Moon Knight also touts a small but strong supporting cast. F. Murray Abraham’s voice acting manages to tap into the fascinating eccentricity of Khonshu, giving him depth beyond that of an ominous, towering god. Ethan Hawke, meanwhile, plays a formidable antagonist that contrasts well against Isaac’s performance by carrying a quietly dangerous air of mystery along with him each step of the way. And of course there’s the exciting growth of May Calamawy’s Layla El-Faouly as she pivots from a resourceful, strong-willed wife to a fierce, dazzling Egyptian superhero. (We can all agree that her “temporary” avatar deal with Taweret needs to be permanent so we can see her suit up again … right?)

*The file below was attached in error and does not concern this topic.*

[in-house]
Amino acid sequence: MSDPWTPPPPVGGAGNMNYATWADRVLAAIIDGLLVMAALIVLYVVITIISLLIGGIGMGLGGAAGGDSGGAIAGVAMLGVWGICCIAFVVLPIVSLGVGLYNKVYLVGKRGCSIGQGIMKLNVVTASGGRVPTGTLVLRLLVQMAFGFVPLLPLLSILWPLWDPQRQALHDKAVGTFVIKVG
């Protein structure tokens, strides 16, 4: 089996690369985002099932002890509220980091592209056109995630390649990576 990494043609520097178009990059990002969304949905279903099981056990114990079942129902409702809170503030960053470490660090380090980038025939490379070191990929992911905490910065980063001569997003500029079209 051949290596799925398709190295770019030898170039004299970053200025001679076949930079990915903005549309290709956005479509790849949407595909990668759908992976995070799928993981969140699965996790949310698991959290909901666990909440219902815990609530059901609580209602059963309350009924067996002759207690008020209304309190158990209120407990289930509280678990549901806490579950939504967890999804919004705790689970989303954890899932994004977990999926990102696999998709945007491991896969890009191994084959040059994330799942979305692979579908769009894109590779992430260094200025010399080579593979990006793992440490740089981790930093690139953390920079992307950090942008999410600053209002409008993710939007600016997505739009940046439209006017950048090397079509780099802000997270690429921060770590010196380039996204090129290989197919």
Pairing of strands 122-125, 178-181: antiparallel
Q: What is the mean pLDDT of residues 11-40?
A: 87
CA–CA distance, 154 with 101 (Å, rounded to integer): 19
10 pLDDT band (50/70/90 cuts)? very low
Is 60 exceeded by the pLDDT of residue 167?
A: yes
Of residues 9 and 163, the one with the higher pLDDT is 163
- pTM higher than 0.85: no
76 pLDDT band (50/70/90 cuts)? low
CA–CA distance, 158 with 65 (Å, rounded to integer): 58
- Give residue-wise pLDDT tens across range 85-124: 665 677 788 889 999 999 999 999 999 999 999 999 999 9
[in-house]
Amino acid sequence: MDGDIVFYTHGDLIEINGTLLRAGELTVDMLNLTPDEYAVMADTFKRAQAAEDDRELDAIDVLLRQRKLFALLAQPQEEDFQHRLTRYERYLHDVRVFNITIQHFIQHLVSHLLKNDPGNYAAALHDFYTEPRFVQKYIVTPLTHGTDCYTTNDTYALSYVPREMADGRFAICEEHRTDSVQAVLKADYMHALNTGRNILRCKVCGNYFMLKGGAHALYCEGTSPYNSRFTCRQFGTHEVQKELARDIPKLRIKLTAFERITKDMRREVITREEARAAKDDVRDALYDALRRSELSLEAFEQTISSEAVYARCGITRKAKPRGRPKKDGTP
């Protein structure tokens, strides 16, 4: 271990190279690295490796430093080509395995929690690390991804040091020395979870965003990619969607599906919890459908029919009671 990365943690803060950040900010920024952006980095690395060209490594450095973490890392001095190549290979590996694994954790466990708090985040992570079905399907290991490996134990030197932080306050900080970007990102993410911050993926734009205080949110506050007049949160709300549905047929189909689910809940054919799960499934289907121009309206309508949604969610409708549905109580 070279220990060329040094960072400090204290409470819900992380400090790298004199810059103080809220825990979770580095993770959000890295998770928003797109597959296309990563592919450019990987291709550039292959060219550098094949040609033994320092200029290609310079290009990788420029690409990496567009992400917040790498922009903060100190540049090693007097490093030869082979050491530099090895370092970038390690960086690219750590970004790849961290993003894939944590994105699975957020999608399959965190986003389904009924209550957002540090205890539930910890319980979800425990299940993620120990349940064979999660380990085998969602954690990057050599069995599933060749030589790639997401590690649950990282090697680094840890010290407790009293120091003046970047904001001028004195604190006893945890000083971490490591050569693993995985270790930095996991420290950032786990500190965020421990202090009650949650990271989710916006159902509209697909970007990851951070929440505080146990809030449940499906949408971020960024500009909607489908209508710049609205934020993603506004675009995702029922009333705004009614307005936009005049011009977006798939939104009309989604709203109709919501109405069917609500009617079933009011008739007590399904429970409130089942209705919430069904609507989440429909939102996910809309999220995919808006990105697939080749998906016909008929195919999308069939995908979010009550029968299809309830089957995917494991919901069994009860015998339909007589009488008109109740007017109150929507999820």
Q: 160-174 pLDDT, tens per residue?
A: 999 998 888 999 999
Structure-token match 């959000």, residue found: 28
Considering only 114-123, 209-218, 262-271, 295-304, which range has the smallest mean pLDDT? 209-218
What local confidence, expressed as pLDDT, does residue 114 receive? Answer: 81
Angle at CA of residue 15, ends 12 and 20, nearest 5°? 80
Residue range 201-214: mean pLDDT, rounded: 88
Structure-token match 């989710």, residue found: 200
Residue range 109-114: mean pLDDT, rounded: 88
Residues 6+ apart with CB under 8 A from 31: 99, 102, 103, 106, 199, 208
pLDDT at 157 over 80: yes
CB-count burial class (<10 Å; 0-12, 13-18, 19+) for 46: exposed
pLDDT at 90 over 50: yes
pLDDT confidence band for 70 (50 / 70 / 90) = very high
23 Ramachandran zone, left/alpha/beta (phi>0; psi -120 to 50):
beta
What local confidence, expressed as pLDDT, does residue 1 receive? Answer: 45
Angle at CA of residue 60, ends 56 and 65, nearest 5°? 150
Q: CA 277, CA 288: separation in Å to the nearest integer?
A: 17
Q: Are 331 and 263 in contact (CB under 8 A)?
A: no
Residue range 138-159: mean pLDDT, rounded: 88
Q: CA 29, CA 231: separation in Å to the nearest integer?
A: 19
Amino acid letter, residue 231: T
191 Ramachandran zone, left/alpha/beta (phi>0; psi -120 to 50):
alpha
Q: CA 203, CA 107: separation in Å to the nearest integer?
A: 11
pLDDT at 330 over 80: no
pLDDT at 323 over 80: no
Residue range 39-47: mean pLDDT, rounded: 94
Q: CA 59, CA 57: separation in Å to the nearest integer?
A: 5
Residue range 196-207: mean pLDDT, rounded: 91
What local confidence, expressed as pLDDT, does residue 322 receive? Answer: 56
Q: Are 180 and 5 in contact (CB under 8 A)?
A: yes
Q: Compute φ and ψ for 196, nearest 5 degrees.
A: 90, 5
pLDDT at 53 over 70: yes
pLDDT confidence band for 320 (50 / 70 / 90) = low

Given the nature of this layered origin story, the series couldn’t necessarily rely on back-to-back thrilling adrenaline from fights against villains alone. Even so, viewers remained riveted regardless — a testament to the integrity of Isaac’s performance. But in the moments when he did suit up as Khonshu’s vigilante, Moon Knight went full throttle. Some may balk over the increasingly abundant exploitation of CGI in the film and television industry, but it goes without saying that the manner in which Moon Knight’s costume was brought to life is easily the most visually mouth-watering suit up to be found in the entirety of the MCU. However, as a smaller television property, the show certainly did have CGI and visual limitations in general, so we can only hope that the continuation of Marc Spector’s story will eventually be given the Marvel film treatment it deserves with a budget and resources that can tap into the full potential of this character.
Marvel has yet to confirm what the future holds for Oscar Isaac as Marc Spector, but after the indisputable success of Moon Knight, this certainly can’t be the last time that we’ve seen him at work as the Fist of Khonshu.
All six episodes of Moon Knight are now streaming exclusively on Disney+.